Filed under: Art
"The profound and pervasive legacy of ancient Rome is deeply embedded in the western culture of today; the lasting effects of Roman domination can be found almost anywhere," said Linda Carioni of Contemporanea Progetti. "They can be seen in our judiciary and monetary systems, in our art and architectural patrimony, in the modern Romance languages, in our alphabet of 26 letters, as well as the calendar of Julius Caesar."
History buffs and pop culture fans alike will be fascinated by the comparisons of our nation to the much-romanticized empire, including artifacts such as:
- "Two eagles depicting this classic symbol shared by ancient Rome and America. The American eagle is carved from gilt wood. It was made in 1804 by Samuel McIntire, an important early American architect. Of the Roman eagle, only the bronze head remains. It likely originated from the top of a Roman army military standard."
- "Roman busts of Scipio Africanus, Julius Caesar, and Cicero. American busts of George Washington, Benjamin Franklin, and Thomas Jefferson, each portrayed in togas."
- "Gladiator/Football helmets. Philadelphia Eagles wide receiver Harold Carmichael's helmet will be on display with a gladiator helmet and four original pieces from the gladiator barracks of an amphitheater in Pompeii – a 'greave' (shin guard), two spearheads, and a dagger."
- "Excavated remnants from Pompeii, including silverware, a preserved piece of a wall fresco, and the cast of a man who did not escape the eruption of Mt. Vesuvius."
- "Slave collars from ancient Rome and the United States. Both ancient Rome and America prior to 1865 were slave societies. Made in the early 1800s, the slave collar from the US is a rare artifact that can be tied to one man's quest for freedom. Ben, a slave who worked on a farm in Pennsylvania, tried to escape three times, and after the third time, his owner had an iron collar made for him."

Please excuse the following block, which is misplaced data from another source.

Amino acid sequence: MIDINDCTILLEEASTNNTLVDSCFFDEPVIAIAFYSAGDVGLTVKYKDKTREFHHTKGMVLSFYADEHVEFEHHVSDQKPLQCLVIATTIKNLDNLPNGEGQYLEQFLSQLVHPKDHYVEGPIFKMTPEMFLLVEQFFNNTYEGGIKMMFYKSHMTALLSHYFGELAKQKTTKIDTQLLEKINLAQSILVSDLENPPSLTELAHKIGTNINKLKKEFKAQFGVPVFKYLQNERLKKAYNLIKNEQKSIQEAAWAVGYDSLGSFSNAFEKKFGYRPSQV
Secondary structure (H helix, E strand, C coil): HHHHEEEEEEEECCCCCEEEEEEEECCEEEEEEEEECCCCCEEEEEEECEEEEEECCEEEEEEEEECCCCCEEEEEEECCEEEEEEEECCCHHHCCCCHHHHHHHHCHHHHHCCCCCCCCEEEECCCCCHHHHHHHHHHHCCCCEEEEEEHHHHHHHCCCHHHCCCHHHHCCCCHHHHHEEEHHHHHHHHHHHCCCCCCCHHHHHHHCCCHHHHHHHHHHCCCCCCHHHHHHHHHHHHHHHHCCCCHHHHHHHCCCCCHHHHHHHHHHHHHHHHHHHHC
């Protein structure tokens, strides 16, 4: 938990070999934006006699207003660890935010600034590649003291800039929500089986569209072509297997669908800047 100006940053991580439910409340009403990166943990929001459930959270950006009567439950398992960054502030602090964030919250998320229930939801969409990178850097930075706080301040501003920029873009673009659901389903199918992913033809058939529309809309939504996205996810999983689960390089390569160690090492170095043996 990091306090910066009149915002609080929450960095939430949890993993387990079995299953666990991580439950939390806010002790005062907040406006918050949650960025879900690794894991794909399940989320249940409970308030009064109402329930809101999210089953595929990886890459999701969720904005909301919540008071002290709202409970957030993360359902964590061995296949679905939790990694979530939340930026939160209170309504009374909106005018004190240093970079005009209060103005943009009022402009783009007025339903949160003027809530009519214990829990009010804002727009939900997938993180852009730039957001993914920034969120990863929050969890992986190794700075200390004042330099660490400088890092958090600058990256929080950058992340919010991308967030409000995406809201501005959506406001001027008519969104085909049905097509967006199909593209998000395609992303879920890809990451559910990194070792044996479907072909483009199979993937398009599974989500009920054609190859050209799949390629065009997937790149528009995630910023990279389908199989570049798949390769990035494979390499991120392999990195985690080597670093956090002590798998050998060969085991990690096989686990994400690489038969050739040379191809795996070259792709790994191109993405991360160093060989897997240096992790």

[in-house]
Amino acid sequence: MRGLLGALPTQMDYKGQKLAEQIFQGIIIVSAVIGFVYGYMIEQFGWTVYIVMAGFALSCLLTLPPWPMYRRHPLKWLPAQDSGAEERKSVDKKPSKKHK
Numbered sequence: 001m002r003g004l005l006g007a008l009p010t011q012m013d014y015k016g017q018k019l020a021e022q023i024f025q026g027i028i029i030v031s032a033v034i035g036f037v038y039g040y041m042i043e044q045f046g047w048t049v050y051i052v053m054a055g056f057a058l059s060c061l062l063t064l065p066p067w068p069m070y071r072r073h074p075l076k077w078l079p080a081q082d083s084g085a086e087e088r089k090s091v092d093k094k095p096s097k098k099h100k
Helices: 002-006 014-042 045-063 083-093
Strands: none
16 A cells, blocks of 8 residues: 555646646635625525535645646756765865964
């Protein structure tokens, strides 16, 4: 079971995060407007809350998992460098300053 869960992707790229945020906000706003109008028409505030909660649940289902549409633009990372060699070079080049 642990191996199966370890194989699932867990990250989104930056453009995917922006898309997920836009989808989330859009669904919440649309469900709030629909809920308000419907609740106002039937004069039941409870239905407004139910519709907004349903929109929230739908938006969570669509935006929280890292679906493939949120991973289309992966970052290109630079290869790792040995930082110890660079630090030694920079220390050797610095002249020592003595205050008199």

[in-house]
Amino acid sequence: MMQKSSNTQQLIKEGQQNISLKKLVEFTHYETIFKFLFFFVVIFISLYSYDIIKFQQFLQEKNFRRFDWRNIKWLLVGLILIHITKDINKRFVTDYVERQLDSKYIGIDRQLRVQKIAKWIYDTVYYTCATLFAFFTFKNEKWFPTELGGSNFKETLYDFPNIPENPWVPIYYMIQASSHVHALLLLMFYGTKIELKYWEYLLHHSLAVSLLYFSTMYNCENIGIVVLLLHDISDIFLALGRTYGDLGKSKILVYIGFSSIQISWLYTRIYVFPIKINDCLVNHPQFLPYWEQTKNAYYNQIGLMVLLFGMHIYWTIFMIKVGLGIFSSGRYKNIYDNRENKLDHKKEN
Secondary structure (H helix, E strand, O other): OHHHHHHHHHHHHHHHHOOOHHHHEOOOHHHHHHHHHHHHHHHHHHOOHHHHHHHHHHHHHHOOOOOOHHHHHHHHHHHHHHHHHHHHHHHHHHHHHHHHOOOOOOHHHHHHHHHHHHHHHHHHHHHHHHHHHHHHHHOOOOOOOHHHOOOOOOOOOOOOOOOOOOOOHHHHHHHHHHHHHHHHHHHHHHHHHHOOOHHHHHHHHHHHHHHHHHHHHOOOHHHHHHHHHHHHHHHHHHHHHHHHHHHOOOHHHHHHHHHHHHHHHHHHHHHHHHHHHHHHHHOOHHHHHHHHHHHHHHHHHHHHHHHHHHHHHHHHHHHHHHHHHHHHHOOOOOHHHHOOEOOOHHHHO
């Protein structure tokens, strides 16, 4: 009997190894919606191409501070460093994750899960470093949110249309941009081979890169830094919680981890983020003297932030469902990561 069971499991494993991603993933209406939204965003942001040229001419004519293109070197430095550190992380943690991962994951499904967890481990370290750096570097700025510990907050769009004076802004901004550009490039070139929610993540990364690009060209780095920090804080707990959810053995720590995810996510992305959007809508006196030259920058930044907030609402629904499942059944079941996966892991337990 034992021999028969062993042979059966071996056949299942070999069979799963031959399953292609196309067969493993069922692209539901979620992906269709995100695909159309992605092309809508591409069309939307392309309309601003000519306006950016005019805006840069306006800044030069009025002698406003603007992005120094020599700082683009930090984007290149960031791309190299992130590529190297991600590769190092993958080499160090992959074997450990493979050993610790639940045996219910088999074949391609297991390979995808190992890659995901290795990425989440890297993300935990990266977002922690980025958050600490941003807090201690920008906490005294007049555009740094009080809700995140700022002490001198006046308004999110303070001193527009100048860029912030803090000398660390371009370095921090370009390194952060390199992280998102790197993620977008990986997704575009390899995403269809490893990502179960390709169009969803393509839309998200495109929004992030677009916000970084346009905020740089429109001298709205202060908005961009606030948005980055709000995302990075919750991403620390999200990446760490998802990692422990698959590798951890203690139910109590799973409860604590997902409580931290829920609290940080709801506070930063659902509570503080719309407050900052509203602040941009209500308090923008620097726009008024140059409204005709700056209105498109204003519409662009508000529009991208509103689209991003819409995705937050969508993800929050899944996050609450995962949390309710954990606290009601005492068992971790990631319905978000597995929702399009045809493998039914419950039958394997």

- "A selection of classical works belonging to the Founding Fathers that helped shape their political thought during the early years of the American republic. John Adams' personal copy of Plutarch's Lives, John Dickenson's personal copy of the works of Roman historian Tacitus, and John Quincy Adams' personal copy of Cicero's De Oratore."
- "Two letters from August 1776 exchanged between John and Abigail Adams. In them, Abigail signs her name 'Portia' after the wife of the Roman Senator Brutus. The letters are filled with classical references and ideas of republican virtue."
The Ancient Rome & America exhibition will be on display from February 19 to August 1, 2010. Visit constitutioncenter.org for more information. Check out Kimpton Hotels' brand new Hotel Palomar for accommodations, and click through the gallery to preview some of the artifacts (images courtesy of The National Constitution Center).